A father-of-one narrowly escaped with his life and had to have most of his skin removed and replaced with grafts after contracting flesh-eating bacteria in his elbow.
Chris Gordon, 44, a special ed teacher in New Ulm, Minnesota, woke up in March 2015 with a softball-sized lump on his elbow.
He went straight to his doctor in the morning but he was told not to worry; that it was likely just some kind of inflammation, likely bursitis or cellulitis, and to sleep on it.
But within hours, he was drowsy and sick, and that evening he rushed to the ER, where doctors realized his situation was much more serious.
He was airlifted to the Mayo Clinic where he was diagnosed with necrotizing fasciitis, a bacterial infection that destroys skin, fat and tissues around the muscles.
WARNING: GRAPHIC CONTENT
Chris Gordon, pictured since his skin graft, urges people not to let anything get in their way of living. Since surviving a bacteria that is often lethal, he is living his life to the fullet
Gordon, a special ed teacher and a father in Minnesota, is now a black belt in Tae Kwon Do
‘Imagine a fire starting in the middle of a dry forest and the only way to stop it spreading is to keep ahead of it and conduct a controlled burn, and to do this you must remove trees before the fire could use them for fuel,’ Chris said.
‘Now imagine that the forest is your skin and the fire is the necrotizing fasciitis.’
Chris spent two weeks in the intensive care unit and six more on a regular ward where he was given a range of medications to help ease the pain and reduce blood clotting.
Chris had more than 10 doctors working on him and another team who worked with the plastic surgeon.
When he finally left the hospital after 65 days, he received inpatient and outpatient care at the hospital for another eight months.
His ordeal began one morning in March 2015, when he woke up with a lump on his elbow
Gordon went to get it checked out and was assured it was nothing, but hours later ended up back in the hospital
Doctors had to spend two months trying to chase the bacteria to remove it and stop it from spreading. Once they were done, they had to replace skin across his body
Chris shows affected area not long after plastic surgery
NECROTIZING FASCIITIS: THE VICIOUS FLESH-EATING BACTERIA
Necrotizing fasciitis, more commonly known as ‘flesh-eating disease’, is a rare but extremely vicious bacterial infection. ‘Necrotizing’ refers to something that causes body tissue to die, and the infection can destroy skin, muscles and fat.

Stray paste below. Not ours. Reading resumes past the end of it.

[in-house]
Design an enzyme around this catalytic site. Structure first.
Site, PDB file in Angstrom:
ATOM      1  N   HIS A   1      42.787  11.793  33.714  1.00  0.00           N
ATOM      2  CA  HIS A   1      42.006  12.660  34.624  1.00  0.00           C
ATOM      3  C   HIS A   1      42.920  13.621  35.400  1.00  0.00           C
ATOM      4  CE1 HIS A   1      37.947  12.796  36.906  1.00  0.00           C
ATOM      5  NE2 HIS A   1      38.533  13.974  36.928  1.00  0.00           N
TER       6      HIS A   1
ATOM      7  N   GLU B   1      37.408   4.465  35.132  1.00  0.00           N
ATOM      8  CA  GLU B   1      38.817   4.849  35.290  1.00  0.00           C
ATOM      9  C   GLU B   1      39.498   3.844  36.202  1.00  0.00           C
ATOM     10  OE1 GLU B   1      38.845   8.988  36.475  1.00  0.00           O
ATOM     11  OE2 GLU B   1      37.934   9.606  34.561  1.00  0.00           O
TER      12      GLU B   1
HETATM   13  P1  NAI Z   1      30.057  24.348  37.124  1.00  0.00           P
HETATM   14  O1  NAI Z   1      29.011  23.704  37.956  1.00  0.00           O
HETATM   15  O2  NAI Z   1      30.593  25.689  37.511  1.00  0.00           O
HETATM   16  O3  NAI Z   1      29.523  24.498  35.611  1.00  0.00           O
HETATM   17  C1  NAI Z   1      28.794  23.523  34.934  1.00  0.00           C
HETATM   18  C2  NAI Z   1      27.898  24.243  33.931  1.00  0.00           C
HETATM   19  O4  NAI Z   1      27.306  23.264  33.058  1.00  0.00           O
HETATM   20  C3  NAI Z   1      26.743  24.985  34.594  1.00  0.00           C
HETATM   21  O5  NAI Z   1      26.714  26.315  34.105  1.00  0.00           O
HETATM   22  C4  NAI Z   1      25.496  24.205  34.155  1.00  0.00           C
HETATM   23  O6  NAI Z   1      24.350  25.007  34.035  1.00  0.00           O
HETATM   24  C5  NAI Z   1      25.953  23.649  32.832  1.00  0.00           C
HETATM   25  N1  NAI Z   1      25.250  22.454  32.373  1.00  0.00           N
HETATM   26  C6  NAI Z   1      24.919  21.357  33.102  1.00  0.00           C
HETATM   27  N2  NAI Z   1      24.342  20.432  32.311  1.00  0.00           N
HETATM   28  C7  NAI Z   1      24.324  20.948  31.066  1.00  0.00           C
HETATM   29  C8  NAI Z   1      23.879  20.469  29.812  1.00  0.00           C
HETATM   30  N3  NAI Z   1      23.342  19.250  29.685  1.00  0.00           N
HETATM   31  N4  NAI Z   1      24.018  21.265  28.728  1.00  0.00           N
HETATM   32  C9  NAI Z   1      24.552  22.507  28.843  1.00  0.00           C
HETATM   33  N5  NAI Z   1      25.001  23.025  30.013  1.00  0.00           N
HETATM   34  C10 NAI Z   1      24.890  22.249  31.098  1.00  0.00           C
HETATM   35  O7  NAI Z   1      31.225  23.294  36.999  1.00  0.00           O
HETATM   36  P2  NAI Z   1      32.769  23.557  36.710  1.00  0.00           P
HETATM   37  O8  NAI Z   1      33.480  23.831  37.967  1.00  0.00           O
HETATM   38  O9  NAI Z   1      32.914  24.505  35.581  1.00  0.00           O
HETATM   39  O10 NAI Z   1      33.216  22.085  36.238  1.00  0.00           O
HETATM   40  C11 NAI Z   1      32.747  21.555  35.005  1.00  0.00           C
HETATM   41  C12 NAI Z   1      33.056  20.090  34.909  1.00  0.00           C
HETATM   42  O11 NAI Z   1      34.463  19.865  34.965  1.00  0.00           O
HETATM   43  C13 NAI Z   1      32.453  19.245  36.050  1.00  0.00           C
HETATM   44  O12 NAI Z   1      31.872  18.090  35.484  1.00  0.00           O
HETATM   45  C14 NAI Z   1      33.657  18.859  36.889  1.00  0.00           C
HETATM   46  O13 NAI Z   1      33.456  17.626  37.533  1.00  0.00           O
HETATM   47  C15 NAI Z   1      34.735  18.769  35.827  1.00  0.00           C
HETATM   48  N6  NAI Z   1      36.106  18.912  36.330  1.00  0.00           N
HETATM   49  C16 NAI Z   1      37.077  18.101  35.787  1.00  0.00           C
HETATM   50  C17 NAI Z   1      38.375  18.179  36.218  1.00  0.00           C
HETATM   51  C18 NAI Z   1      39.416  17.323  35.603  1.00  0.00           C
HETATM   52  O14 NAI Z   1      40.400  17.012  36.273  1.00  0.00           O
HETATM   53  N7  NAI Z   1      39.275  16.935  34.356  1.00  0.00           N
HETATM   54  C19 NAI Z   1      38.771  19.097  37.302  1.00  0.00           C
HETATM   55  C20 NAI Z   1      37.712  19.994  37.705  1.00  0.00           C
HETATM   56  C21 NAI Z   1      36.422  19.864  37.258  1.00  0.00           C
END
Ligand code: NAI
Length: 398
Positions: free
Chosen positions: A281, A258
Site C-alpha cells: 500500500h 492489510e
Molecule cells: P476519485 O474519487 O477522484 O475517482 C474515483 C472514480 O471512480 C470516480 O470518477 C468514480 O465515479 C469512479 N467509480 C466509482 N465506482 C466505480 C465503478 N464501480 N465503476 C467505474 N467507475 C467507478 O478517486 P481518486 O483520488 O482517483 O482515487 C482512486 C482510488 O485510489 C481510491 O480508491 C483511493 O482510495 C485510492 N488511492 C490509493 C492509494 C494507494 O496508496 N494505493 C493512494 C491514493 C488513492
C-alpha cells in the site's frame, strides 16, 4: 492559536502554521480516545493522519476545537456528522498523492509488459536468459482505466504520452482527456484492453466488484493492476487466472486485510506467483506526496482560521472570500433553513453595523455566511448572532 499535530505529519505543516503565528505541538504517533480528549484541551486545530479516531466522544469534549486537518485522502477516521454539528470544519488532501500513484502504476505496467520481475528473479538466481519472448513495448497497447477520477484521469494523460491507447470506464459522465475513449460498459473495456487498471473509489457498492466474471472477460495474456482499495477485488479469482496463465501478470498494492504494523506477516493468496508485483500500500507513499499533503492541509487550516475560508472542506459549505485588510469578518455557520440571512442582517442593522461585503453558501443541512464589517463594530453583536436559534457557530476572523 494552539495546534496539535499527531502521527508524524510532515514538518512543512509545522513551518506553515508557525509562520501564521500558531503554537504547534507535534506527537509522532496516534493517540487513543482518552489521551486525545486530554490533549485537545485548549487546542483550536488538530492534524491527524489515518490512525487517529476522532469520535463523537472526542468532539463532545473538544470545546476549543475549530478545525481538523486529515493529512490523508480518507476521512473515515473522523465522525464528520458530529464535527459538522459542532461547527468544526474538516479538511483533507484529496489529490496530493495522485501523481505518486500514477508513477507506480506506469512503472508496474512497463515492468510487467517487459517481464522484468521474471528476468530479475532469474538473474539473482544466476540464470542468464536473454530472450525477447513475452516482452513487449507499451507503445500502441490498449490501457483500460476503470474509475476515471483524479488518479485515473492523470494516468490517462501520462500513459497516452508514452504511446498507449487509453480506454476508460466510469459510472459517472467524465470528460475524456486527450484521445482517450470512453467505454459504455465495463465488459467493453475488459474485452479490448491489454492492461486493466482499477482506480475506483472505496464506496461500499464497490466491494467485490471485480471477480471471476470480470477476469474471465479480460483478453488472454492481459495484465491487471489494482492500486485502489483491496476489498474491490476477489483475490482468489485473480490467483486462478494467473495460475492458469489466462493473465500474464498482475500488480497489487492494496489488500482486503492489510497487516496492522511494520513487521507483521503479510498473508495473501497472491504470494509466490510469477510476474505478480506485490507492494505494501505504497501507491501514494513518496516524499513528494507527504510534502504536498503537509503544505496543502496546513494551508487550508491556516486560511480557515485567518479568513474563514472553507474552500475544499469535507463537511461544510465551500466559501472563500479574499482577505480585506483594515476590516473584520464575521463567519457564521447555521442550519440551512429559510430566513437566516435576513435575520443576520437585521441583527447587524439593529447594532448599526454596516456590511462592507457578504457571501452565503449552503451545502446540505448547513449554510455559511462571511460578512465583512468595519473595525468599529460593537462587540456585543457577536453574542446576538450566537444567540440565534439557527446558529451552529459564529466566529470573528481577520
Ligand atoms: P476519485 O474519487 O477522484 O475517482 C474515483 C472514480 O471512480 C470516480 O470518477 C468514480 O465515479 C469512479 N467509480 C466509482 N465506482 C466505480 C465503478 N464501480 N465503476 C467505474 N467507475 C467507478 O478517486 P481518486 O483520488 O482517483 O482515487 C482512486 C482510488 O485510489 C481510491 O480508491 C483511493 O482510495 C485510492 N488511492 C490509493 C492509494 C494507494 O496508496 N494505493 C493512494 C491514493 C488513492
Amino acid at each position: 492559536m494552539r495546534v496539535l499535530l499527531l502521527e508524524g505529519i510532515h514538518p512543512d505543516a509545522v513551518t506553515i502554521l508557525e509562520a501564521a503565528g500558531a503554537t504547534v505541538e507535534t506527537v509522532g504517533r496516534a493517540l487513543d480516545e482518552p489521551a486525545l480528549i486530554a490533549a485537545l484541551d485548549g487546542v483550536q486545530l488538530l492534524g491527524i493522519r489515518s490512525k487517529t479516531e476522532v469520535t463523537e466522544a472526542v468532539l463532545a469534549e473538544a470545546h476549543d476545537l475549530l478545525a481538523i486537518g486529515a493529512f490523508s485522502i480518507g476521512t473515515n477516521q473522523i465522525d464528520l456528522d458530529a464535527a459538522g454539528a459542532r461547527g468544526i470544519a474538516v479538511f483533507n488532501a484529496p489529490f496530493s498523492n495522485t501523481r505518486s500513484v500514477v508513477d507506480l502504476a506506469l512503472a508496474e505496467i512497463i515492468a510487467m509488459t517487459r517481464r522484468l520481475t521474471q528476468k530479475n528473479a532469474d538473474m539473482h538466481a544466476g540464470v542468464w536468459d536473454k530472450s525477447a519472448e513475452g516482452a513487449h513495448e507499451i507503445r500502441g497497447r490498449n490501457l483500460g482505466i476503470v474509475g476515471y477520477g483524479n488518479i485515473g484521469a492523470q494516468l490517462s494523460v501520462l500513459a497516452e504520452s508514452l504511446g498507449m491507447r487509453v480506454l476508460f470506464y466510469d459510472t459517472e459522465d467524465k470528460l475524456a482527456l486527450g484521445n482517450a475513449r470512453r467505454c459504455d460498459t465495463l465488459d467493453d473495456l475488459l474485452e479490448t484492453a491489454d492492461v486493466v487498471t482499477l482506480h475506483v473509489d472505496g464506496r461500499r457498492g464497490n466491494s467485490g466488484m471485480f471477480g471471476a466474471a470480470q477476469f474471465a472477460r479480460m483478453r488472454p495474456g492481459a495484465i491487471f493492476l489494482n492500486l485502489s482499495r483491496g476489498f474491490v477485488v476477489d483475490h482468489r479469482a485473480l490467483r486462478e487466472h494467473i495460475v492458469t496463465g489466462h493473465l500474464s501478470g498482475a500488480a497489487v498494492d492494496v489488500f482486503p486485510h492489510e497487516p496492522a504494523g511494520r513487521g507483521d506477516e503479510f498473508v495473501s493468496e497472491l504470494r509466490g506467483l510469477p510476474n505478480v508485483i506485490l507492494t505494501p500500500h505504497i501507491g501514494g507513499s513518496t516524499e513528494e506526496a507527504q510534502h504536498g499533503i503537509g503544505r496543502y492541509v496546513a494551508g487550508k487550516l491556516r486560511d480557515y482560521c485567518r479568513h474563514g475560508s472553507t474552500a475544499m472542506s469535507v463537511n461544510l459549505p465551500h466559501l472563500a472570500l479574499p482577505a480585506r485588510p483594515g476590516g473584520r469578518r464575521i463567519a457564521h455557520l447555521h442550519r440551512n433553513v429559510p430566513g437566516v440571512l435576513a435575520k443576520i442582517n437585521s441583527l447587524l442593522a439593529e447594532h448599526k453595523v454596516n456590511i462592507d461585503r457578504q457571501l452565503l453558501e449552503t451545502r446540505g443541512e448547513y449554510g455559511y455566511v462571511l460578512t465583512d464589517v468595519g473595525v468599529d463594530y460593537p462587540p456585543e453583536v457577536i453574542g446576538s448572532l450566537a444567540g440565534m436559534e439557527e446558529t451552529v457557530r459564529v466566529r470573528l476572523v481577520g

The disease develops when the bacteria enters the body, often through a minor cut or scrape. As the bacteria multiply, they release toxins that kill tissue and cut off blood flow to the area.
Because it is so virulent, the bacteria spreads rapidly throughout the body.
Symptoms include small, red lumps or bumps on the skin, rapidly-spreading bruising, sweating, chills, fever and nausea. Organ failure and shock are also common complications.
Sufferers must be treated immediately to prevent death, and are usually given powerful antibiotics and surgery to remove dead tissue. Amputation can become necessary if the disease spreads through an arm or leg.
Patients may undergo skin grafts after the infection has cleared up, to help the healing process or for aesthetic reasons.
There are 500 to 1,500 cases reported a year, but 20 to 25 percent of victims die.
‘Thankfully I didn’t need to go into isolation,’ said Chris.
‘Having been in the hospital for so long, I asked my surgeon if I could have a beer.
‘Later that same day my father-in-law Bill, who was also the Lutheran Chaplain, came with a can of beer and two plastic cups in a brown bag.
‘He went to double check with the nurses that I could drink and three minutes later the nurse came into my room with a written prescription for one beer a day.’
When he could finally leave the hospital, he was still given physical therapy as both an inpatient and outpatient for about eight months.
Since his experience Chris has taken exercise and sports to a whole new level.
He had already been running since 2002.
He’s also done some boxing, water skiing and played football.
He practices Tae Kwon Do, a Korean martial art in which he has just completed his black belt test.
‘I am eternally grateful to God, my family, my friends and the excellent medical staff at Mayo Clinic. Thank you so much,’ he said.
‘I’ve been running since 2002 and I have also played soccer, boxed, water skied, and a few other sports.
‘This whole experience has motivated me to set many long-term physical fitness goals. I recently just took a test to earn a black belt in Tae Kwon Do.
‘I’ve also been running half marathons, 10Ks, 5Ks and long-distance relays and making new personal records.
‘I have also become an ‘acting’ fitness coach to my friends online. It’s nice as I like to help them reach their own goals as well.
‘If you’re alive you can truly thrive.
‘Do everything to the best of your ability and look for ways to help others around you do the same.’
Chris has become even more motivated in health and fitness since he left the hospital
Chris had his skin removed right from his hand